Despite being widely anticipated by the market, some lithium hydroxide producers fear that the subsidy cuts could hinder demand, with murmurings that some projects have been postponed on the announcement. The announcements have also created some anticipation that cheaper but more rudimentary cathodes, such as Lithium Manganese Oxide and Lithium Iron Phosphate might see increased production, which would improve demand for industrial grade lithium carbonate.

Nevertheless, in the longer term, as the market becomes more consumer-driven, increases in EV ranges look inevitable, and with them hydroxide demand growth: as one precursor producer put it, when making cathodes, “Hydroxide is always better”.

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Graphite lithium-ion batteries get a boost from halogen intercalation

Lithium ion batteries are a useful and powerful energy storage option. Commonly used in products ranging from portable electronics to hybrid and electric cars, these batteries show high overall stability and are low maintenance. Lithium ion batteries also display higher charge storage densities and voltages and consistently out-perform typical lead-acid batteries, as the small lithium-ions can pack densely into the anode material.

To further improve battery performance, researchers Chongyin Yang and Ji Chen with co-workers under the direction of Chunsheng Wang at University of Maryland developed a novel graphite lithium ion battery that utilizes high density helper ion packing and a unique water-in-salt electrolyte to achieve a potential of over 4 volts in aqueous batteries. The aqueous nature of their battery is also an advantage, because as the researchers highlight in their report, the intercalation of the helper ions within a water environment “comes with intrinsic safety and environment insensitivity.”

Ions in close quarters

Graphite, stacked layers of the two-dimensional nanomaterial graphene, excels as a battery anode material, particularly in lithium ion batteries where ion packing directly correlates to battery performance. Graphite has a high capacity of 372 mAhg-1 for lithium ions in between its graphene layers. Polyhalogen ions can also insert themselves into the graphite.

University of Maryland has collaborated with Army Research Lab on water-in-salt electrolyte batteries for several years. As a result Yang and Chen et al. were able to use graphite’s advantages along with helper halide ions to achieve a “densely packed stage-I graphite intercalation compound, C3.5[Br0.5Cl0.5].” Specifically, they designed an electrode containing lithium and the helper halide ions. When exposed to the aqueous electrolyte solution and charged, the halide ions give up electrons and lithium ions travel through the battery to the cathode, a favorable reaction that generates a useful current. The helper halides then intercalate into the graphite. This insertion stabilizes the halogens and makes the entire process energetically favorable.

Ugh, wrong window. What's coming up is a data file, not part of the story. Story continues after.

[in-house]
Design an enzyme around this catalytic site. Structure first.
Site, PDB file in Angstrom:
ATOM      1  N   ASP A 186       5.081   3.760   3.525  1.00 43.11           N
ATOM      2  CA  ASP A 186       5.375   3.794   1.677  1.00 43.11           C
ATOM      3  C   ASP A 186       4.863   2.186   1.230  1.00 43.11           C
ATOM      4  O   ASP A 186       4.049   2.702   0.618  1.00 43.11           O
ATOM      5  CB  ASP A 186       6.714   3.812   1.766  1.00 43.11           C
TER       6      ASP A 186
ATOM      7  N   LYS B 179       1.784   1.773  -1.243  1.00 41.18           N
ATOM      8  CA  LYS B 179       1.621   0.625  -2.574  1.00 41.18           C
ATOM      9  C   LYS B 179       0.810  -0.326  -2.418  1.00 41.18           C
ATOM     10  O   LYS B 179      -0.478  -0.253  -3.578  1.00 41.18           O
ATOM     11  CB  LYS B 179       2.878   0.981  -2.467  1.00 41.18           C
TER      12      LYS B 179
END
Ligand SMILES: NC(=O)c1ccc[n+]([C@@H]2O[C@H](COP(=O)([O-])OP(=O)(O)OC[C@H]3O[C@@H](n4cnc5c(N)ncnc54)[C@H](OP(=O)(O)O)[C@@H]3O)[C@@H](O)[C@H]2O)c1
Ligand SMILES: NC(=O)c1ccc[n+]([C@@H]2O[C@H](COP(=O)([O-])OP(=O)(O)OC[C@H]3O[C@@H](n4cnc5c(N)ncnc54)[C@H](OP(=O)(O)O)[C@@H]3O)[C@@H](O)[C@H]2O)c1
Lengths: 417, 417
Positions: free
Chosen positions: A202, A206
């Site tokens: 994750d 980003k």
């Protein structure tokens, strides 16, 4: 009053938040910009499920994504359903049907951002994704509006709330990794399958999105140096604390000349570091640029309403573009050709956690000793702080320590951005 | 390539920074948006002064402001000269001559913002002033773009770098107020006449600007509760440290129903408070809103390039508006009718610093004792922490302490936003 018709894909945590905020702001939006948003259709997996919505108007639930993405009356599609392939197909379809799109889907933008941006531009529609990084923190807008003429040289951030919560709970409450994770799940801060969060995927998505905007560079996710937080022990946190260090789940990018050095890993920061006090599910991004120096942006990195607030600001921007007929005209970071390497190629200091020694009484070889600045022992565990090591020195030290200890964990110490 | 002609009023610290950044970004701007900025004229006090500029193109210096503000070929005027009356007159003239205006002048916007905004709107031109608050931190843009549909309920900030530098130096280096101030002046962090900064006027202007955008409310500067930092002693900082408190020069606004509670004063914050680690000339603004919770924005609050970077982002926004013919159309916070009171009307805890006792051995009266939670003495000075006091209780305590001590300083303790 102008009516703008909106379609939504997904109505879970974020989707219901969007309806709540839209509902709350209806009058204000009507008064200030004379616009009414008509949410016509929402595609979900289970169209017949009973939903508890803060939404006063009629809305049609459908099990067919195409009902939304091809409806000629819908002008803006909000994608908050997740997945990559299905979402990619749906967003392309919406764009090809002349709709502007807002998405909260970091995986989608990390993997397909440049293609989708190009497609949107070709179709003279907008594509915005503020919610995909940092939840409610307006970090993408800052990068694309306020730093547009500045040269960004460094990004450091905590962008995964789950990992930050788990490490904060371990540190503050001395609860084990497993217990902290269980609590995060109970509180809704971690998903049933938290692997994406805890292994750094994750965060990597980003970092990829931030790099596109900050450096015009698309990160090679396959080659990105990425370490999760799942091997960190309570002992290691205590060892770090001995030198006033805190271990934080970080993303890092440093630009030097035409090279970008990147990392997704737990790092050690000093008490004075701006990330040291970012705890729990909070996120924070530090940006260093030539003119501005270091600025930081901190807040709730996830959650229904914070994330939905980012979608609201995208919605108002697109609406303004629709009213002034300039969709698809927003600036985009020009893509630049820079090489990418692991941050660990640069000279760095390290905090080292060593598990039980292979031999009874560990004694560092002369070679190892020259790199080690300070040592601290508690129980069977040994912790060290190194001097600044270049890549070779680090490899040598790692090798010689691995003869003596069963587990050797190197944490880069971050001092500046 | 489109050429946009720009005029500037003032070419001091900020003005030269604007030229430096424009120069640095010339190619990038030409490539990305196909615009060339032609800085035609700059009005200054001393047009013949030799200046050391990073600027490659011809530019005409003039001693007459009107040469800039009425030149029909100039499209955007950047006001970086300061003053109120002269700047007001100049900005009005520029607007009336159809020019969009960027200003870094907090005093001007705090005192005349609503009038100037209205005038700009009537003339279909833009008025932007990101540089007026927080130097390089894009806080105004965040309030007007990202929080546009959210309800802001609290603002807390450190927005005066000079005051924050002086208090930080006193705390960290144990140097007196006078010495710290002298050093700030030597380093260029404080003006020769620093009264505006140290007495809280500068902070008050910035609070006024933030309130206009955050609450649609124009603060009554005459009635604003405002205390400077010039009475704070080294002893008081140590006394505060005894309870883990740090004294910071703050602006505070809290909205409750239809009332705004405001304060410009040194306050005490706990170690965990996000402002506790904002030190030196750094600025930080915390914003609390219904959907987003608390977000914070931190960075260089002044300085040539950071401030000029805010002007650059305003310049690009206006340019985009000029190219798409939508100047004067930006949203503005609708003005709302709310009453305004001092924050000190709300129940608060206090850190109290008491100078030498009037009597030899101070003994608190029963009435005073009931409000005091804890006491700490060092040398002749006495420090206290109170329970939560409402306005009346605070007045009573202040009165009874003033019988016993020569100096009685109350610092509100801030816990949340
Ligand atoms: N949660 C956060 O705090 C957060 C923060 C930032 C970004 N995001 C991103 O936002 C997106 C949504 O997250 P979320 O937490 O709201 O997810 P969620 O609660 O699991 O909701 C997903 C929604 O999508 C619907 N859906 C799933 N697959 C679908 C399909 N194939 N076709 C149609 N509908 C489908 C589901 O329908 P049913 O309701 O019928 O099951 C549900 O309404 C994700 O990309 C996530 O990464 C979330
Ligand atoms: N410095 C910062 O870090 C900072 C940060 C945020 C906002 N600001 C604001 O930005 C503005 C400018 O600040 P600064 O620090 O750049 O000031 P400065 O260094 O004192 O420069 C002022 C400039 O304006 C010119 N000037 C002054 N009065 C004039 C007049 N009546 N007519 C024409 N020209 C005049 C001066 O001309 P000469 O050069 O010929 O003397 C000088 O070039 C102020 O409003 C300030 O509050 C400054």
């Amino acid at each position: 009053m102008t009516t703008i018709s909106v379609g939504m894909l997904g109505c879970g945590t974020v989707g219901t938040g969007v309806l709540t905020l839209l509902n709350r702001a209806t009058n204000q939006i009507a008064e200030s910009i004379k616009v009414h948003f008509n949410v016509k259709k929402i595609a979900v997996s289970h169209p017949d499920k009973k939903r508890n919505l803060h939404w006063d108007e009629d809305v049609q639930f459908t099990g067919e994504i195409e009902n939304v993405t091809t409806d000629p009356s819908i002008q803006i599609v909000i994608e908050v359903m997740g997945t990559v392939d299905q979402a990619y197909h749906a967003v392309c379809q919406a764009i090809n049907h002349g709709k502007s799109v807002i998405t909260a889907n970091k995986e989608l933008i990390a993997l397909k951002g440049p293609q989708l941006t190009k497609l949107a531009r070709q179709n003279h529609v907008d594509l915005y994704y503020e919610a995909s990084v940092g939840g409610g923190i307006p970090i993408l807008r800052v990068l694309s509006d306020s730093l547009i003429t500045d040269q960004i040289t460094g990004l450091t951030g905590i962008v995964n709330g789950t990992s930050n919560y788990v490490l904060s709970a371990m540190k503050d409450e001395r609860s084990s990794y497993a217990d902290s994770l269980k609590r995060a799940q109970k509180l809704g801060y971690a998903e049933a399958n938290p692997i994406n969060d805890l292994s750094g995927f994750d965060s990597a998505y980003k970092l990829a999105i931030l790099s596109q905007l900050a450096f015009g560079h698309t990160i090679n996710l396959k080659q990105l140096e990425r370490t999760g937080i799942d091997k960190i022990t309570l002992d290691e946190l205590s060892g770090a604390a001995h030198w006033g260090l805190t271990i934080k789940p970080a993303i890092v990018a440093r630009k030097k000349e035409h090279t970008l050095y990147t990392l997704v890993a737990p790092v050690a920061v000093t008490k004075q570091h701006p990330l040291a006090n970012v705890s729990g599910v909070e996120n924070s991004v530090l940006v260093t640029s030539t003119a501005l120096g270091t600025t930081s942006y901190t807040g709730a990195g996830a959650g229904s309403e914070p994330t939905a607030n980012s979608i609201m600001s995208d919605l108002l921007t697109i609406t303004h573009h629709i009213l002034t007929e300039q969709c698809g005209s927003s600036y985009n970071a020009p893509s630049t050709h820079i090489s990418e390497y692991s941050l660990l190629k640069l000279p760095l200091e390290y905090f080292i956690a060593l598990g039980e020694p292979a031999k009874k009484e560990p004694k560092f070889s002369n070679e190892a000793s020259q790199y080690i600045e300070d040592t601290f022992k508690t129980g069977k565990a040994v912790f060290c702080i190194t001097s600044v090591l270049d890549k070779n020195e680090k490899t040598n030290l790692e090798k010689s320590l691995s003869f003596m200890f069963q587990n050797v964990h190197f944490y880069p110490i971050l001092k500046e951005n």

An excellent battery that goes and goes and goes

This helper halide insertion process is very reversible, meaning the battery can be recharged and used multiple times without a major loss in performance. Yang and Chen et al. measured battery performance over usage to find a typical capacity of 243 mAhg-1 with an average voltage of 4.2 V, and 74% of this capacity was retained over 150 battery cycles, meaning battery performance remained consistent over usage. Impressively, this novel battery displayed an energy density of 460 Whkg-1 at material level. For comparison, lead-acid batteries show energy densities around 40 Whkg-1 and leading lithium ion batteries display values near 350 Whkg-1.

Reversible packing

A key component of this consistency and excellent performance is the reversibility of the helper ion intercalation. By using extensive Raman spectroscopy, Yang and Chen et al. show that the helper halide ions pack into the graphite instead of absorbing onto the outside graphite surface. This allows more ions to intercalate, meaning more lithium ions are free to move across the cell and generate a useful current. Upon charging, lithium ions move back across the cell and recombine with the helper halide ions, as released from the graphite.

Additional X-ray diffraction and absorption data show optimal close-packing within graphite occurs when the chloride and bromide ions alternate, which was also confirmed using density functional theory calculations. This implies both halide helpers are required to make the lithium ion movement across the battery favorable. Additionally, without the graphite present to stabilize the ions post-electron loss, the halides may gas off.

Yang and Chen et al. hope this novel battery design will eliminate previous flammability issues with lithium ion batteries while also offering “an energy-dense concept for a future battery that is cost-effective, safe, and flexible.”